Tinker Bell Doesn’t Work Here
It is rare that I work with an organization that, at one point or another in our engagement, doesn’t ask for some kind of training. I can usually judge a healthcare organization’s commitment to creating a culture of service by the leaders’ openness to suggestions regarding not just who should be trained, but on what topics, and in what sequence.
As soon as someone on the leadership team suggests that frontline staff are the problem and that customer service training is the answer, my antennae go up. That isn’t to say that I haven’t seen organizations where customer service was universally lacking because, unfortunately, I have. And in those organizations, facility-wide customer service training is absolutely appropriate. But before we train the frontline staff, we really should investigate how this situation became the norm, and correct that problem first. Have leaders set clear service standards? Have they been trained in coaching and reinforcing those standards? Are people being held accountable? Because if the answer to these questions is no, then customer service training alone could be a waste of time and money. Furthermore, insisting that frontline staff attend training could damage senior leaders’ reputation among the staff.
I was recently training a group of people who were clearly not engaged. Nobody participated in planned brainstorming or small group activities. When I called on people, their body language, tone of voice, and comments communicated very clearly that they didn’t want to be there. So I went off script and asked what the barriers were to providing great service. All of a sudden, the group came to life. They painted a picture of an organization that cared more about improving HCAHPS scores than about the health and well-being of both patients and staff. The unwritten, but consistently reinforced message was, “Give the patient whatever he or she wants, whether it’s good for them or not.”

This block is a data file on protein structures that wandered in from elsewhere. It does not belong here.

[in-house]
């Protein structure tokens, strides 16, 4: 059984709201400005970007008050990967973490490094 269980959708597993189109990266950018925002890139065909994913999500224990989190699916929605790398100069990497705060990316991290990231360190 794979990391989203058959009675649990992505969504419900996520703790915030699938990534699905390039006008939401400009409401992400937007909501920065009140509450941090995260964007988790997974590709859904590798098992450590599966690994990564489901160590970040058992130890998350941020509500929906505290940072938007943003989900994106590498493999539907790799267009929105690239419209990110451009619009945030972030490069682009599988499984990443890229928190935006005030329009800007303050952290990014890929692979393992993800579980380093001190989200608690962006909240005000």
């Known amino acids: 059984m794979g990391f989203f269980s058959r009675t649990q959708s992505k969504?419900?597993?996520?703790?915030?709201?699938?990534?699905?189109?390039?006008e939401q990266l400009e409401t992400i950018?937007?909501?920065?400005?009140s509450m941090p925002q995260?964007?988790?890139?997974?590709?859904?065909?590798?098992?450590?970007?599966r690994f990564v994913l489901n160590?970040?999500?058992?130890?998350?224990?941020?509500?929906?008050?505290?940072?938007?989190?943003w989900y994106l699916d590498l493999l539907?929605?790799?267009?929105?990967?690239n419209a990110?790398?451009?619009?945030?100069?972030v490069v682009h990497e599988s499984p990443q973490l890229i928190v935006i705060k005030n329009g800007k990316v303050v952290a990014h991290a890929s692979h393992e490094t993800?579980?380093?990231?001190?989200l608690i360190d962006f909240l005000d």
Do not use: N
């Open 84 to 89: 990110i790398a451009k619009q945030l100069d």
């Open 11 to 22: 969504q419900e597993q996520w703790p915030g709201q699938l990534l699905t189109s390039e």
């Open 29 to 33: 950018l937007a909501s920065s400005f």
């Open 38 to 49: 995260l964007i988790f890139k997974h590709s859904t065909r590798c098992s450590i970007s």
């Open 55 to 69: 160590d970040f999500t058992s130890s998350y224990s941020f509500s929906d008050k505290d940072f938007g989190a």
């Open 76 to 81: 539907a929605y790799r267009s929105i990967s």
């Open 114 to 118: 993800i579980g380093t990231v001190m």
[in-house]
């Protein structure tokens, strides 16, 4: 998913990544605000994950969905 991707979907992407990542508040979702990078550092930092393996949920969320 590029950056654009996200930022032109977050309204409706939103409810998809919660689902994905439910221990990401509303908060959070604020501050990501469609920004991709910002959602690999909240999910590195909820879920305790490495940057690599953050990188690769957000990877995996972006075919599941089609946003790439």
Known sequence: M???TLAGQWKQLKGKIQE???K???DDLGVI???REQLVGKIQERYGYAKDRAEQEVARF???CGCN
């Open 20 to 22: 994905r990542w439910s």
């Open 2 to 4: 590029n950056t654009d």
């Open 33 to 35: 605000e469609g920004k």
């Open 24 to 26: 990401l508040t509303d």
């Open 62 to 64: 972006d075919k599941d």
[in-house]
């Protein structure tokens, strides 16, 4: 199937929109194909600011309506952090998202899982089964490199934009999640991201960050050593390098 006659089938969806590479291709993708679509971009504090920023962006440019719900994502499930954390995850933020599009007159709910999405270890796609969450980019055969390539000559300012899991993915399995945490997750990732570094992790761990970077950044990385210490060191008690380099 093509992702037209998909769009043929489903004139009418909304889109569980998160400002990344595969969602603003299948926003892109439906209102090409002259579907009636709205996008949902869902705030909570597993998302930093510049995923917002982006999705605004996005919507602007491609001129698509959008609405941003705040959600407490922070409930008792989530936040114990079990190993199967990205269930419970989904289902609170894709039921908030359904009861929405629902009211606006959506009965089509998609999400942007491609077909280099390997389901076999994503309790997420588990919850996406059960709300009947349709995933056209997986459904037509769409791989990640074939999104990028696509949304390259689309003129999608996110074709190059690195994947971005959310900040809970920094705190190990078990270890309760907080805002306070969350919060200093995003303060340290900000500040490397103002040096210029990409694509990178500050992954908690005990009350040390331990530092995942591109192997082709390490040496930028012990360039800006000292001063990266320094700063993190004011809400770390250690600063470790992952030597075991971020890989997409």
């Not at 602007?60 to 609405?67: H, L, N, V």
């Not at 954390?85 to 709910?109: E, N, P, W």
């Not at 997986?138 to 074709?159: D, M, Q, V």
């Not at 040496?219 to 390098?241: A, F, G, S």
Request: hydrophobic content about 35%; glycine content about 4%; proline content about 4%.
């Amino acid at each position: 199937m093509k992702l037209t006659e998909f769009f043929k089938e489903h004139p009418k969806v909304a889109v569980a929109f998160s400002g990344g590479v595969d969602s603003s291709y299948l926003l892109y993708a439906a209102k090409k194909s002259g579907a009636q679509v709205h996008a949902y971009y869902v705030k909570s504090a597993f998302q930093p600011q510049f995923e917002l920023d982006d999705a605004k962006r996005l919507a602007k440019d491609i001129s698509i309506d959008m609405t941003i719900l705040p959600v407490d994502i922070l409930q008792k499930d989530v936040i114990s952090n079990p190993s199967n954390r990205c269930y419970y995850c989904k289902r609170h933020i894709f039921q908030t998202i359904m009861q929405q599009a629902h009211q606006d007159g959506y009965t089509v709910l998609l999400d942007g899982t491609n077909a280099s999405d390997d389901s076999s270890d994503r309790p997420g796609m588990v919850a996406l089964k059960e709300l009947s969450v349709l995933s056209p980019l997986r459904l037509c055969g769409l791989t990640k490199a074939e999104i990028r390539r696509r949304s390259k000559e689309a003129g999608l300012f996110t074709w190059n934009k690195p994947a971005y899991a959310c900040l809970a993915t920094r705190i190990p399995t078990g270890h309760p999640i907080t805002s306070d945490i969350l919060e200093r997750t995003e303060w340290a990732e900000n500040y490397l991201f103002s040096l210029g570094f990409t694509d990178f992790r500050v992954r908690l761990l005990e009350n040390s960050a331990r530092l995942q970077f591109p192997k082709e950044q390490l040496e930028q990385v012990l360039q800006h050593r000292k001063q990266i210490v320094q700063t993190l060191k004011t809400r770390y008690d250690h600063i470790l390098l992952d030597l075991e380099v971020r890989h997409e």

Staff members cited several examples where this philosophy was counterproductive. They felt powerless to complain because their direct supervisors were the ones who initiated it, and their managers were absentee leaders. Was customer service training really what this organization needed? Perhaps, but they also needed leader ownership and clear direction for improving the patient experience.
The bottom line is that customer service training is not pixie dust. I can’t sprinkle it throughout an organization and magically produce a culture of service. Leaders must set a firm foundation upon which to build that culture, and remain open to the possibility that they may be part of the problem. There is no doubt that a culture assessment could have revealed this crucial information, and pre-training work could have been done to set the stage for success.
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Nurse, author, and consultant Kristin Baird, "Healthcare’s Customer Service Guru," is
the author of Raising the Bar on Service Excellence: The Health Care Leader’s Guide to
Putting Passion into Practice (Golden Lamp Press, 2008), Reclaiming the Passion:
Stories that Celebrate the Essence of Nursing (Golden Lamp Press, 2004), and
Customer Service In Healthcare: A Grassroots Approach to Creating a Culture of
Service Excellence (Jossey Bass, 2000). The Baird Group provides consulting, mystery
shopping, and training services for improving the patient experience. To learn more,
please visit http://baird-group.com or call 920-563-4684.
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